Professor LeVine says Russian President Vladimir Putin will then have to sell natural gas to China which will demand a lower price.

I’m Jonathan Evans.

Action on Climate Change Cannot Wait

A United Nations report says countries should act faster to control the effects of climate change. It says we should change from burning fossil fuels like coal to cleaner energy sources.

The Intergovernmental Panel on Climate Change, or IPCC, released the report this week after a meeting of scientists and representatives of governments. This follows the recent release of two other IPCC reports on climate change.

Those say what the group believes is the reality of climate change, and its effect on the environment.

Christopher Cruise takes the story from there.
UN Report Urges Speedier Action to Avoid Climate Disaster
please wait

No media source currently available

0:00 0:02:38 0:00

The answer to the climate problem could start with a huge solar project in the Mohave Desert, in the western American state of California. A company called NRG Energy began operating the project in February. NRG Energy President David Crane says it will provide enough electricity for 140,000 homes. He says that is a good start.

“Our generation of leadership can get the ball rolling in fighting against climate change so that the next generation -- the people who are in their 20s and 30s today -- can finish the job.”

Rajendra Pachauri is the chairman of the Intergovernmental Panel on Climate Change. He says projects like the one in California should be put in place worldwide. He says the report shows that is one way we can reduce climate change.

“If we really want to bring about a limitation of temperature increase to no more than two degrees Celsius, then this is the message that comes out very clearly from this report.”

The report says global greenhouse gas emissions must be lessened by 40 to 70 percent by the middle of this century. The goal is to prevent severe effects from strong weather events in a warmer world.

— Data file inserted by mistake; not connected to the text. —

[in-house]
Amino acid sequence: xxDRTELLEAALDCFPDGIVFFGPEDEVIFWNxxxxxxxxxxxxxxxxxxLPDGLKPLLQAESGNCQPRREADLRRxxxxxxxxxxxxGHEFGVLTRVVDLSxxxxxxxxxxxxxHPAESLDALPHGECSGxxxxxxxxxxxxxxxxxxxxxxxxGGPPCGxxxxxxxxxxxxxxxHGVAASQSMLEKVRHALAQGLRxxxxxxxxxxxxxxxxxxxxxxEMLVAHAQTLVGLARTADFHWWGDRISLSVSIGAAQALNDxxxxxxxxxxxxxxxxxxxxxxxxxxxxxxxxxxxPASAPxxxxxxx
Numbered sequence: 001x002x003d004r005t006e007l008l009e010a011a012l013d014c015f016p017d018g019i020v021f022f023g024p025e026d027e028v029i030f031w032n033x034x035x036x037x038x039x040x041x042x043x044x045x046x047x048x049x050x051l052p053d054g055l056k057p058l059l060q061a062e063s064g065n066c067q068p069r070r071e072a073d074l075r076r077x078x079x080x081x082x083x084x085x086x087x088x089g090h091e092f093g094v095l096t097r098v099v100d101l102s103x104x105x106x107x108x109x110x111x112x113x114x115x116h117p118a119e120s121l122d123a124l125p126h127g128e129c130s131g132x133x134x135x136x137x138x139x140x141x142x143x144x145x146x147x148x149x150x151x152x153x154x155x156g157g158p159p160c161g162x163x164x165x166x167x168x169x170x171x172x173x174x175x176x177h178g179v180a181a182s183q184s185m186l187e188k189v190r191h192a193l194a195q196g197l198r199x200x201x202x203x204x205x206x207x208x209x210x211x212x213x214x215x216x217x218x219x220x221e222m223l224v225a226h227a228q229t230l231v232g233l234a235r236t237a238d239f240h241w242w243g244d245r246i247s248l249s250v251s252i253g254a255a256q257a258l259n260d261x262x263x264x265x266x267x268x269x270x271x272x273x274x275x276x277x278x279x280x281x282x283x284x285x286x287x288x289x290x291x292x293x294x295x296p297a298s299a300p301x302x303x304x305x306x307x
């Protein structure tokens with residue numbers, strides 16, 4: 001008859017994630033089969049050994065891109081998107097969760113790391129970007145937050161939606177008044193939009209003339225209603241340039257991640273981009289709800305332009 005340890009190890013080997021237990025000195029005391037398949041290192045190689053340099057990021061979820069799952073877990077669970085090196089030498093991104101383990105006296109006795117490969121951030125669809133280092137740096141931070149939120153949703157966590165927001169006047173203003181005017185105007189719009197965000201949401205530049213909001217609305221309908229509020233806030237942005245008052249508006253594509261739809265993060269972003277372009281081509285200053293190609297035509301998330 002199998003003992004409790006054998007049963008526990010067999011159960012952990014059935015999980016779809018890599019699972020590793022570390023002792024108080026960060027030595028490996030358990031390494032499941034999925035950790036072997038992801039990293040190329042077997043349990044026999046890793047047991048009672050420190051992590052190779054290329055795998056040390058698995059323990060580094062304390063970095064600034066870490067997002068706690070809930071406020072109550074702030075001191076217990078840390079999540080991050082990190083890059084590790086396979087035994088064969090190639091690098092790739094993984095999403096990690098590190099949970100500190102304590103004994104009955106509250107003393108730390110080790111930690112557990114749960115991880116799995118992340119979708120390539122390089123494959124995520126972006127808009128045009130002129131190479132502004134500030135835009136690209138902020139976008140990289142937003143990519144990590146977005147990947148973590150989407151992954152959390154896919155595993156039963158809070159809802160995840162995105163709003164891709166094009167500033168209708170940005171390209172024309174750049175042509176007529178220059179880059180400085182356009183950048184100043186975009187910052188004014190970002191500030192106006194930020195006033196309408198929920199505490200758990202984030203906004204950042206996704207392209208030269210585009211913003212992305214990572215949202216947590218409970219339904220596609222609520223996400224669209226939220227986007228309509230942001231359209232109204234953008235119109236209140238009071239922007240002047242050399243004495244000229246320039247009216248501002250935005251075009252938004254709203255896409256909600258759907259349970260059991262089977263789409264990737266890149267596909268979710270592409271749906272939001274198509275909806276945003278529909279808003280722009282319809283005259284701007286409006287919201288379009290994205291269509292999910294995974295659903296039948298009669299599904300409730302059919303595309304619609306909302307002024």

Nathaniel Koehane works at the Environmental Defense Fund. He leads efforts there to limit climate change. He told VOA on Skype that changes can be made that will help stop the severe effects of climate change.

“There are a handful of things -- around energy efficiency, renewable energy, reducing deforestation -- a handful of things that the world could do and we could help turn the corner by 2020 and get on track to reduce emissions enough to keep the climate safe.”

Renewable energy sources like solar, wind and hydropower create 8.5 percent of the world’s energy. Nuclear power creates about 11.5 percent.

Mr. Koehane says the report shows some countries are not making the change from fossil fuels to cleaner energy.

“When you look at the stats and the data in the report, it shows, for example, that coal has been growing faster than other sources. So we need to reverse that trend and we do need to rapidly ramp up the sources of renewable power, the share of renewable power.”

The report says there will be a greater cost to public health and the environment if there continue to be delays in reducing emissions.

Mr. Koehane says voters must tell their leaders that reducing climate change is important to them. He says we have the knowledge and the technology to make changes. He is hopeful about the possibility of change.

“If we do get that political will and if we can push in that direction, that we have the technologies to get started on this problem. We just need everybody to pitch in.”

The report says there is still time for the international community to take actions to reduce climate change caused by human activity.

The U.N. is talking with countries about a new international agreement to reduce emissions worldwide. The agreement would take the place of the Kyoto Protocol on Climate Change, which ended in 2012.

I’m Christopher Cruise.

And I’m Jim Tedder in Washington.

Thank you for spending some time with us today on VOA.
We are sorry, but this feature is currently not available